Clare finishes, “Work out the price…and all these have to go up while the park is still open to the guests.”

Treb continues, “So in other words the party started that night on the 30th Anniversary at midnight (July 17, 1985). The idea was the party was going to go from midnight on that night all the way until midnight the next day, a 24 hour party.  Everything had to be set up by 9am on the morning of the 17th.  We did all the columns of balloons in the rehearsal halls, back where the horses were kept (back of house Circle D Ranch).  We did the columns in there one day and then the next day we touched them up. We then had a huge crew that marched them in, through the backroad from Small World towards the back of Main Street.”

Treb explained that crews were placed on the rooftops of the buildings all along both sides of Main Street U.S.A.  Yet, even with the pictures Treb provided, it is difficult for me to fathom how this was pulled off. I worked on the Main Streets rooftops for confetti drops and TV production filmings, I understand the layout, and yet I have little understanding of how the 75 feet long balloon columns went from one roof to the next while guests were in the park.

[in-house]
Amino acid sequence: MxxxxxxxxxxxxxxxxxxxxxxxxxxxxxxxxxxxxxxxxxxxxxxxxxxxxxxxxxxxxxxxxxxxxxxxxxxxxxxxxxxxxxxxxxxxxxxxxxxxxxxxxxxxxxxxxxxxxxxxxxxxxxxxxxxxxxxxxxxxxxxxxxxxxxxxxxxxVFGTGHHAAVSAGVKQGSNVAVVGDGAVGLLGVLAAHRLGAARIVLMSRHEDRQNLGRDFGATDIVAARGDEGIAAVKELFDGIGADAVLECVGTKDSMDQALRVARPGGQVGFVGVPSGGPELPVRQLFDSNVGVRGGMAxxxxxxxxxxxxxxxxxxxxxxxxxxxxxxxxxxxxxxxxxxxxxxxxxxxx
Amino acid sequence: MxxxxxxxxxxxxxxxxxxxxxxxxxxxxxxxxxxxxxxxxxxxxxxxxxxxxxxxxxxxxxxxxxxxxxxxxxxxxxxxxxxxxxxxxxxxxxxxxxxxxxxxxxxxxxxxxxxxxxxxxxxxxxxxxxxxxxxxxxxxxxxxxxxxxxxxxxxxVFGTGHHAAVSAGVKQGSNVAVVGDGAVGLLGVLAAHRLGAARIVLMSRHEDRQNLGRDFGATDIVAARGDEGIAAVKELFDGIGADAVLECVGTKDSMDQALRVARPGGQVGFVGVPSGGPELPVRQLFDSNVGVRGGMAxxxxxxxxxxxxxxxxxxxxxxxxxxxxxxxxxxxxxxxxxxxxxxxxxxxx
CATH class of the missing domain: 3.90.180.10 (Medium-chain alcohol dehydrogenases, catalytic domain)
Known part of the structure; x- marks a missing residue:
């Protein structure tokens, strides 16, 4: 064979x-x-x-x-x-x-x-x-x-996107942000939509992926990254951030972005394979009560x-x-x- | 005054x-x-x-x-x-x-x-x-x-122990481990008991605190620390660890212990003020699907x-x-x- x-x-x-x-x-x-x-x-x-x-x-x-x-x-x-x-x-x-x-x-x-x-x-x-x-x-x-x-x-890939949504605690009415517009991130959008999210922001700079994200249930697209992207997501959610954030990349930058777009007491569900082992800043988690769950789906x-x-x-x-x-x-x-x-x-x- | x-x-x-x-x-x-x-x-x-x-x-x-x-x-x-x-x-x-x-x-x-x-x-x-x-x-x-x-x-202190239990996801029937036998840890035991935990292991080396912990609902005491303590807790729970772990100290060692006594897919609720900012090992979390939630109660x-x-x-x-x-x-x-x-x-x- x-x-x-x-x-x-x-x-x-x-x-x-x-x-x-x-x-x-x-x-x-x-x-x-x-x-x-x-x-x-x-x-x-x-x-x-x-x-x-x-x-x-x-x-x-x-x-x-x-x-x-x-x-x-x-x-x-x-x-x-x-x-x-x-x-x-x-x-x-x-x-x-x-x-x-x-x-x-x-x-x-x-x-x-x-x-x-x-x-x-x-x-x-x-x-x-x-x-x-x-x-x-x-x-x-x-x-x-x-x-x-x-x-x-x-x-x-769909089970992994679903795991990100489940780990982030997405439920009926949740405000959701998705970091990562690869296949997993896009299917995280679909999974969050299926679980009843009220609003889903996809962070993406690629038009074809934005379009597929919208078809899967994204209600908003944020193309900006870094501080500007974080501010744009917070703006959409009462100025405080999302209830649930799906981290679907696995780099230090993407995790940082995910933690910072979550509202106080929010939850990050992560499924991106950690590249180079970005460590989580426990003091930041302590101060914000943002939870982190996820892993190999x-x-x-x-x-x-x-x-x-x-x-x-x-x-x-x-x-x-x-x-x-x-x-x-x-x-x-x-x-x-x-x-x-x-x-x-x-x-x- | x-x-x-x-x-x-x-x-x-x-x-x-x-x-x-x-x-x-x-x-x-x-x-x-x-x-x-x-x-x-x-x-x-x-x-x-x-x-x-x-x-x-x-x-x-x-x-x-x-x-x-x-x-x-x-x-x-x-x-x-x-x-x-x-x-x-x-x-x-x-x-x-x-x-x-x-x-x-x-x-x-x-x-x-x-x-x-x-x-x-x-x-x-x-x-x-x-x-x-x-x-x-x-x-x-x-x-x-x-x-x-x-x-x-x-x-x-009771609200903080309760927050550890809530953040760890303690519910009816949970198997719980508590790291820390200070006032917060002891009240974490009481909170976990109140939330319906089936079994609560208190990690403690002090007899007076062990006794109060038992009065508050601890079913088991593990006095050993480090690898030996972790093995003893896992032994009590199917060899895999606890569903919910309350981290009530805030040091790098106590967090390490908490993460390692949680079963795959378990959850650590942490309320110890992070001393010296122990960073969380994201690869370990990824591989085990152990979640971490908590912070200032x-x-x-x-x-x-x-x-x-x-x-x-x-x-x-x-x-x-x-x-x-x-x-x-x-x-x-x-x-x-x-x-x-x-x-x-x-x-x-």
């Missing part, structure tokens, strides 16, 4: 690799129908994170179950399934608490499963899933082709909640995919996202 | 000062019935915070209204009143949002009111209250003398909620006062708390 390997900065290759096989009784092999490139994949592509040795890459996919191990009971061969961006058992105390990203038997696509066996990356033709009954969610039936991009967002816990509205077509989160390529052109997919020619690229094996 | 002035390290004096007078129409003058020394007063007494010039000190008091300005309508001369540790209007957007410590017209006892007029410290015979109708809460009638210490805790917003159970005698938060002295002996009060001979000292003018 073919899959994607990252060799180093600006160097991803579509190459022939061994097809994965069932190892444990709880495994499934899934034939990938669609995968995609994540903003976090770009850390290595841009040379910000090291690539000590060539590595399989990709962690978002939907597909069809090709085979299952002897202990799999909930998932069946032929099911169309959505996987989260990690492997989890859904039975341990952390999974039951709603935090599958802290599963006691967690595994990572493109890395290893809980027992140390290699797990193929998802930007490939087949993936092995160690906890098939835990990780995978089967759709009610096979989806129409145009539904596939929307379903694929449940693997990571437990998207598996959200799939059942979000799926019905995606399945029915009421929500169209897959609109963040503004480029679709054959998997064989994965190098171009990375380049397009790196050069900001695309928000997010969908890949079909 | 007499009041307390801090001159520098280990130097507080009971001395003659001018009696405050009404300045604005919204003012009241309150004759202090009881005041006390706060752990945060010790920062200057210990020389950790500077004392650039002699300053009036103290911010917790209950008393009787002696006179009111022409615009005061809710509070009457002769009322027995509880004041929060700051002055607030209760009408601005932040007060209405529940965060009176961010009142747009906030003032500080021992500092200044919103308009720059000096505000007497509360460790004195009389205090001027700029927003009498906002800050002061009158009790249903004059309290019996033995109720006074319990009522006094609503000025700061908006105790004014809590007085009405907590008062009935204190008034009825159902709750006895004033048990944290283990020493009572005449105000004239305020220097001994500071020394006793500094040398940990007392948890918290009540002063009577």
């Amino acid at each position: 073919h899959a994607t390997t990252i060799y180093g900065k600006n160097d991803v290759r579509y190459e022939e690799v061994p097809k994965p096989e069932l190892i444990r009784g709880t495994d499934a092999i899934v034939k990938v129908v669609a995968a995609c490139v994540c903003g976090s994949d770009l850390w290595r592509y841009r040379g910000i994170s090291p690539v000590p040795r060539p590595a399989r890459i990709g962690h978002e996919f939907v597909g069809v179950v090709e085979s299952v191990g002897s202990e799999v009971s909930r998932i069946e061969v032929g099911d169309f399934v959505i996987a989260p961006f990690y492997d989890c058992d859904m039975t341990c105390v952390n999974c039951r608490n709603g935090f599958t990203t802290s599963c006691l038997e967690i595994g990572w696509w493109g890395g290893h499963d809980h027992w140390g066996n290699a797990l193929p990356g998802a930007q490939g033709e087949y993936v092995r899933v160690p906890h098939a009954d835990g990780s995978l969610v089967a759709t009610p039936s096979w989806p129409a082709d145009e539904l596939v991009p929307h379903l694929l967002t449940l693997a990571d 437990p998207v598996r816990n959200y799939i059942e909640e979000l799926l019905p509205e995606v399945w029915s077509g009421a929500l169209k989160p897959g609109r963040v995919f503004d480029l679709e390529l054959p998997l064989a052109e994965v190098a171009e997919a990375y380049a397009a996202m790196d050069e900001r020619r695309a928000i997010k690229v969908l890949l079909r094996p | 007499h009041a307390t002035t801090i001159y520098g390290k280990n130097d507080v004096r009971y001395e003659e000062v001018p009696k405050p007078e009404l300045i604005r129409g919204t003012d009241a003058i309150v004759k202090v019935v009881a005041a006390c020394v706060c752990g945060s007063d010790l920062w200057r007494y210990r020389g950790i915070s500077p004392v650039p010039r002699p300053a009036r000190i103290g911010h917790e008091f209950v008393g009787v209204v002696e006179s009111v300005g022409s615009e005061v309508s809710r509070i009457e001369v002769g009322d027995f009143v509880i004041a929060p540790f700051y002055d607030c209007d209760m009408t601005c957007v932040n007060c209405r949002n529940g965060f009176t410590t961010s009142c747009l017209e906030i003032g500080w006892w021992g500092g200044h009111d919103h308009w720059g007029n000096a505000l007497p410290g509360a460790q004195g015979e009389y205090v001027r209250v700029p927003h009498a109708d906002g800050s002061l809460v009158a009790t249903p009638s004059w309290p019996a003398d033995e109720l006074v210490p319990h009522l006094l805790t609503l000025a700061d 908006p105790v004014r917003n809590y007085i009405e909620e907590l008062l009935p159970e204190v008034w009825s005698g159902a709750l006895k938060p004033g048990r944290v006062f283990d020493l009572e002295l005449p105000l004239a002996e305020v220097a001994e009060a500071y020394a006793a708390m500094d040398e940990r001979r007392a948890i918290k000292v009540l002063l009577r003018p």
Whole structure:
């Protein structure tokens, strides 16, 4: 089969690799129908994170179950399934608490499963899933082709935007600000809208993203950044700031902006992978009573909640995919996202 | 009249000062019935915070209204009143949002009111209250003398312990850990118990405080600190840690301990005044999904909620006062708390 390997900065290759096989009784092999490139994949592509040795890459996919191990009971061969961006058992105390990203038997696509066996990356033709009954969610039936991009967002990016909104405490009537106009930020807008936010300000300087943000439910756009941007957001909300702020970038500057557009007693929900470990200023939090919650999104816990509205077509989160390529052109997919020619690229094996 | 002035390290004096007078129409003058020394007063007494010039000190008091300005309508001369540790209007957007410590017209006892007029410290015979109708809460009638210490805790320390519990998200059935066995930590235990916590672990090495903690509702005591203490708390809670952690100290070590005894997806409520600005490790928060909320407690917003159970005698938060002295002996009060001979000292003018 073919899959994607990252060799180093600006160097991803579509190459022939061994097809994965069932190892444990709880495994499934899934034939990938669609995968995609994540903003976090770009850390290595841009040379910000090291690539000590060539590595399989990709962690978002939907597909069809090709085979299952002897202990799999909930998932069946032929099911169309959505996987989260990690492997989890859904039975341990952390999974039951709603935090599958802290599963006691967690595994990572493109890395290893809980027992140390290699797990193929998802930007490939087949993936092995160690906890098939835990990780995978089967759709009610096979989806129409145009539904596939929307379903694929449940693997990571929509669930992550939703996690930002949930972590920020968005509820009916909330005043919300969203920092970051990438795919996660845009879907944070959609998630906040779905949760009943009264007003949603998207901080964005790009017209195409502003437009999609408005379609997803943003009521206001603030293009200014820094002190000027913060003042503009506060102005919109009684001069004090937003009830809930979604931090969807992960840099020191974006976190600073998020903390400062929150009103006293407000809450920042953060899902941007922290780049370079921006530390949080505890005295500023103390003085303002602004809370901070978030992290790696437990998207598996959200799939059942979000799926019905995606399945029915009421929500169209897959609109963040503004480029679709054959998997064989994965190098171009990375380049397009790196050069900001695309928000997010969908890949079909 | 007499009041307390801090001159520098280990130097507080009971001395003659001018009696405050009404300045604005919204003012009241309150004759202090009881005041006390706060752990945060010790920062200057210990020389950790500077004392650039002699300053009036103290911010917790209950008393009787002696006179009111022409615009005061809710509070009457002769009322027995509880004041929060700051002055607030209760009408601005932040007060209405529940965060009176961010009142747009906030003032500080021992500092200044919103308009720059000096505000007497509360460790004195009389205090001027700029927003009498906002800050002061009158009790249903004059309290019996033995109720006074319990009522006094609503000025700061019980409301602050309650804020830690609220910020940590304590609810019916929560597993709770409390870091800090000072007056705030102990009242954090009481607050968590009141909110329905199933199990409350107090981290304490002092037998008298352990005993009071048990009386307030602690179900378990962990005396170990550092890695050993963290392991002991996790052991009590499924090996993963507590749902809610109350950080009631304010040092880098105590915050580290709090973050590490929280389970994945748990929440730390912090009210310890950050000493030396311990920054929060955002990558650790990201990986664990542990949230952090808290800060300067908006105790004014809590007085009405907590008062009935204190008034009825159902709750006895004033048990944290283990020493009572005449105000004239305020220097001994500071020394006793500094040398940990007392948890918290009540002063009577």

Well, somehow Treb’s crew would do just that. They installed the thirty 75 feet long balloon (columns) candles, plus the added 10 foot sphere (to represent the candle’s flame) from one side of a building’s rooftop to another rooftop located across the street.  By the time they were done, a canopy of 30 beautifully spiraled columns covered Main Street. Now all they had to do was wait until midnight.

Treb tells me the following about the moment his columns were transformed into something most memorable. He said, “At the nighttime ceremony at the Wish Upon a Star moment at midnight, the extraordinary happens, the canopy of balloons open up and all these perfectly placed columns rose up and transformed into 30 birthday candles.”

Treb gets choked up as he explains this to me and says, “It’s hard for me to talk about.  It was pushing us to the limit.”

Treb had to bring in an extra crew of 100 people to do what Treb says was, “Beyond impossible.” 

“Well…it didn’t go off without a hitch,” Treb says, “Someone let go of a column too quick and two columns got wrapped, so going down Main Street all of the 85 foot tall columns of balloons were standing straight except the two.  We had to race up to the roofs and undue the two columns and when the two finally went up perfect, the whole crowd down below cheered.”